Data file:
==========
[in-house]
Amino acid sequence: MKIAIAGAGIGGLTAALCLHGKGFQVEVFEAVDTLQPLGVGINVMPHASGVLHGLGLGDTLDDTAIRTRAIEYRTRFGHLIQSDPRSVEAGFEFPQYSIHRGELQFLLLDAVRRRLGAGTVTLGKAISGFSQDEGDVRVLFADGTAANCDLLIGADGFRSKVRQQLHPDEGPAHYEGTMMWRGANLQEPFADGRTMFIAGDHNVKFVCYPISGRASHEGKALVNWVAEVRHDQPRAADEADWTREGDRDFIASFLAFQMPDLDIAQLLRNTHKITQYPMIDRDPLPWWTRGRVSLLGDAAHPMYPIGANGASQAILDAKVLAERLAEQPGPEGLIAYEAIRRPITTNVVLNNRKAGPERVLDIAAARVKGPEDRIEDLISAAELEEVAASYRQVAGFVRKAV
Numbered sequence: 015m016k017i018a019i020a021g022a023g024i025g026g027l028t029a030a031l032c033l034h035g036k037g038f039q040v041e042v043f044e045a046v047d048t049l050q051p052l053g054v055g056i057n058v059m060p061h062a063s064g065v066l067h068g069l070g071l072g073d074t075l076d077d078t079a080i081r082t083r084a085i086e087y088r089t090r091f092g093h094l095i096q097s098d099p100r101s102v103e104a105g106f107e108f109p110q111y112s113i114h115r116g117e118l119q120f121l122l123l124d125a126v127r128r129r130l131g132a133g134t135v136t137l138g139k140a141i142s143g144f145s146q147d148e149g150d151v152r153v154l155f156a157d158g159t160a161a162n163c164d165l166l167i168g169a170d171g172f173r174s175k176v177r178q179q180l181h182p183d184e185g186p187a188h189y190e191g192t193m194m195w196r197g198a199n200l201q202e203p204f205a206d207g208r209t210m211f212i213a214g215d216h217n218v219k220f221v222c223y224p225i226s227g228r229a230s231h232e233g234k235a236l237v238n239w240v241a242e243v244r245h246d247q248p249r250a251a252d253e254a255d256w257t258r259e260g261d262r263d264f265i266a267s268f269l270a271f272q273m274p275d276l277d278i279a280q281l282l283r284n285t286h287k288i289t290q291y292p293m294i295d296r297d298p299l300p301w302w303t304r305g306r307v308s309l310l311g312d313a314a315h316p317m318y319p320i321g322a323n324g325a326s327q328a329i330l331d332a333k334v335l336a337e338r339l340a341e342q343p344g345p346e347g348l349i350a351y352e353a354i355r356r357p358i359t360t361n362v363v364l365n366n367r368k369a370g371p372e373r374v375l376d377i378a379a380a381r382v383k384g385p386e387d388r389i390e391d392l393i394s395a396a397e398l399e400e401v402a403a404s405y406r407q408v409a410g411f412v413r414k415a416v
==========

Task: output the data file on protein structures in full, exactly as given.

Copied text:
[in-house]
Amino acid sequence: MKIAIAGAGIGGLTAALCLHGKGFQVEVFEAVDTLQPLGVGINVMPHASGVLHGLGLGDTLDDTAIRTRAIEYRTRFGHLIQSDPRSVEAGFEFPQYSIHRGELQFLLLDAVRRRLGAGTVTLGKAISGFSQDEGDVRVLFADGTAANCDLLIGADGFRSKVRQQLHPDEGPAHYEGTMMWRGANLQEPFADGRTMFIAGDHNVKFVCYPISGRASHEGKALVNWVAEVRHDQPRAADEADWTREGDRDFIASFLAFQMPDLDIAQLLRNTHKITQYPMIDRDPLPWWTRGRVSLLGDAAHPMYPIGANGASQAILDAKVLAERLAEQPGPEGLIAYEAIRRPITTNVVLNNRKAGPERVLDIAAARVKGPEDRIEDLISAAELEEVAASYRQVAGFVRKAV
Numbered sequence: 015m016k017i018a019i020a021g022a023g024i025g026g027l028t029a030a031l032c033l034h035g036k037g038f039q040v041e042v043f044e045a046v047d048t049l050q051p052l053g054v055g056i057n058v059m060p061h062a063s064g065v066l067h068g069l070g071l072g073d074t075l076d077d078t079a080i081r082t083r084a085i086e087y088r089t090r091f092g093h094l095i096q097s098d099p100r101s102v103e104a105g106f107e108f109p110q111y112s113i114h115r116g117e118l119q120f121l122l123l124d125a126v127r128r129r130l131g132a133g134t135v136t137l138g139k140a141i142s143g144f145s146q147d148e149g150d151v152r153v154l155f156a157d158g159t160a161a162n163c164d165l166l167i168g169a170d171g172f173r174s175k176v177r178q179q180l181h182p183d184e185g186p187a188h189y190e191g192t193m194m195w196r197g198a199n200l201q202e203p204f205a206d207g208r209t210m211f212i213a214g215d216h217n218v219k220f221v222c223y224p225i226s227g228r229a230s231h232e233g234k235a236l237v238n239w240v241a242e243v244r245h246d247q248p249r250a251a252d253e254a255d256w257t258r259e260g261d262r263d264f265i266a267s268f269l270a271f272q273m274p275d276l277d278i279a280q281l282l283r284n285t286h287k288i289t290q291y292p293m294i295d296r297d298p299l300p301w302w303t304r305g306r307v308s309l310l311g312d313a314a315h316p317m318y319p320i321g322a323n324g325a326s327q328a329i330l331d332a333k334v335l336a337e338r339l340a341e342q343p344g345p346e347g348l349i350a351y352e353a354i355r356r357p358i359t360t361n362v363v364l365n366n367r368k369a370g371p372e373r374v375l376d377i378a379a380a381r382v383k384g385p386e387d388r389i390e391d392l393i394s395a396a397e398l399e400e401v402a403a404s405y406r407q408v409a410g411f412v413r414k415a416v